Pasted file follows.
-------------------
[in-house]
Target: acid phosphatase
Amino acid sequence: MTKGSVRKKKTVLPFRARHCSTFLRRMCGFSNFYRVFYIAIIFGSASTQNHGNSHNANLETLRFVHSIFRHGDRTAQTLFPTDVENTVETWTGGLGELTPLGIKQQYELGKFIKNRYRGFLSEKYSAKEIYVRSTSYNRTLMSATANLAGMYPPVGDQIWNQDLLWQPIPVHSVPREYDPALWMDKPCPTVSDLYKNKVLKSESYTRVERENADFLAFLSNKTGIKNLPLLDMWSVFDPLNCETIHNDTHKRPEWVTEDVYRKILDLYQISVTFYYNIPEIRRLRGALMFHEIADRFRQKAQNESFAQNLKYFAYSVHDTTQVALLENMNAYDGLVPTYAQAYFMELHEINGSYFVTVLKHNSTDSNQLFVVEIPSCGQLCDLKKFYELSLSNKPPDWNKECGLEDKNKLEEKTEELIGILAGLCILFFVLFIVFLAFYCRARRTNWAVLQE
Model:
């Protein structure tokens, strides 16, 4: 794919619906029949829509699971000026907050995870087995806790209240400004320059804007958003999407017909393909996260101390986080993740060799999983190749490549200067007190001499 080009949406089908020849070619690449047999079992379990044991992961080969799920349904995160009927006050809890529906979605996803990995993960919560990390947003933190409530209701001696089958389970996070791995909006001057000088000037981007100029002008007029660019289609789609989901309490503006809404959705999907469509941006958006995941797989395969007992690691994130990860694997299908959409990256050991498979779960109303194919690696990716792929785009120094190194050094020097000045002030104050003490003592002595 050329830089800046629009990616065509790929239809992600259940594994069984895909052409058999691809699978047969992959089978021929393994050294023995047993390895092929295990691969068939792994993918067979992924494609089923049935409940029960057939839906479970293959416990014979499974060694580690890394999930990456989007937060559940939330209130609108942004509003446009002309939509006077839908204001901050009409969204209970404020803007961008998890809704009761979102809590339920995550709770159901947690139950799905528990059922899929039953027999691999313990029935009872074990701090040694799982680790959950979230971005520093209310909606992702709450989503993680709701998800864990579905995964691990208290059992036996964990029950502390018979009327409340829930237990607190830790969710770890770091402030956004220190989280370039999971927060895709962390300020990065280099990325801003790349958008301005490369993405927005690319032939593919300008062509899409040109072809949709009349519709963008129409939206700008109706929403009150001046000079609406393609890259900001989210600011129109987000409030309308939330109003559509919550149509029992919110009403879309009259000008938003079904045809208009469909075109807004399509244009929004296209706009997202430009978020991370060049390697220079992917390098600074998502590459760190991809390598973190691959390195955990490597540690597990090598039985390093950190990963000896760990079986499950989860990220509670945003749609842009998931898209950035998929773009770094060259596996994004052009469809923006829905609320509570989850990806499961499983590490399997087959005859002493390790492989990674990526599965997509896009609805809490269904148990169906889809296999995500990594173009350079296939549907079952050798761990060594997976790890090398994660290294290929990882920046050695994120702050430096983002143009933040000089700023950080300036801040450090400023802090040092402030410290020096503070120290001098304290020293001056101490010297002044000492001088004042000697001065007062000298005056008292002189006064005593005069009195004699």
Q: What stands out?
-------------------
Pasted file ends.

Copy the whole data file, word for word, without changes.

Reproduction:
[in-house]
Target: acid phosphatase
Amino acid sequence: MTKGSVRKKKTVLPFRARHCSTFLRRMCGFSNFYRVFYIAIIFGSASTQNHGNSHNANLETLRFVHSIFRHGDRTAQTLFPTDVENTVETWTGGLGELTPLGIKQQYELGKFIKNRYRGFLSEKYSAKEIYVRSTSYNRTLMSATANLAGMYPPVGDQIWNQDLLWQPIPVHSVPREYDPALWMDKPCPTVSDLYKNKVLKSESYTRVERENADFLAFLSNKTGIKNLPLLDMWSVFDPLNCETIHNDTHKRPEWVTEDVYRKILDLYQISVTFYYNIPEIRRLRGALMFHEIADRFRQKAQNESFAQNLKYFAYSVHDTTQVALLENMNAYDGLVPTYAQAYFMELHEINGSYFVTVLKHNSTDSNQLFVVEIPSCGQLCDLKKFYELSLSNKPPDWNKECGLEDKNKLEEKTEELIGILAGLCILFFVLFIVFLAFYCRARRTNWAVLQE
Model:
């Protein structure tokens, strides 16, 4: 794919619906029949829509699971000026907050995870087995806790209240400004320059804007958003999407017909393909996260101390986080993740060799999983190749490549200067007190001499 080009949406089908020849070619690449047999079992379990044991992961080969799920349904995160009927006050809890529906979605996803990995993960919560990390947003933190409530209701001696089958389970996070791995909006001057000088000037981007100029002008007029660019289609789609989901309490503006809404959705999907469509941006958006995941797989395969007992690691994130990860694997299908959409990256050991498979779960109303194919690696990716792929785009120094190194050094020097000045002030104050003490003592002595 050329830089800046629009990616065509790929239809992600259940594994069984895909052409058999691809699978047969992959089978021929393994050294023995047993390895092929295990691969068939792994993918067979992924494609089923049935409940029960057939839906479970293959416990014979499974060694580690890394999930990456989007937060559940939330209130609108942004509003446009002309939509006077839908204001901050009409969204209970404020803007961008998890809704009761979102809590339920995550709770159901947690139950799905528990059922899929039953027999691999313990029935009872074990701090040694799982680790959950979230971005520093209310909606992702709450989503993680709701998800864990579905995964691990208290059992036996964990029950502390018979009327409340829930237990607190830790969710770890770091402030956004220190989280370039999971927060895709962390300020990065280099990325801003790349958008301005490369993405927005690319032939593919300008062509899409040109072809949709009349519709963008129409939206700008109706929403009150001046000079609406393609890259900001989210600011129109987000409030309308939330109003559509919550149509029992919110009403879309009259000008938003079904045809208009469909075109807004399509244009929004296209706009997202430009978020991370060049390697220079992917390098600074998502590459760190991809390598973190691959390195955990490597540690597990090598039985390093950190990963000896760990079986499950989860990220509670945003749609842009998931898209950035998929773009770094060259596996994004052009469809923006829905609320509570989850990806499961499983590490399997087959005859002493390790492989990674990526599965997509896009609805809490269904148990169906889809296999995500990594173009350079296939549907079952050798761990060594997976790890090398994660290294290929990882920046050695994120702050430096983002143009933040000089700023950080300036801040450090400023802090040092402030410290020096503070120290001098304290020293001056101490010297002044000492001088004042000697001065007062000298005056008292002189006064005593005069009195004699």
Q: What stands out?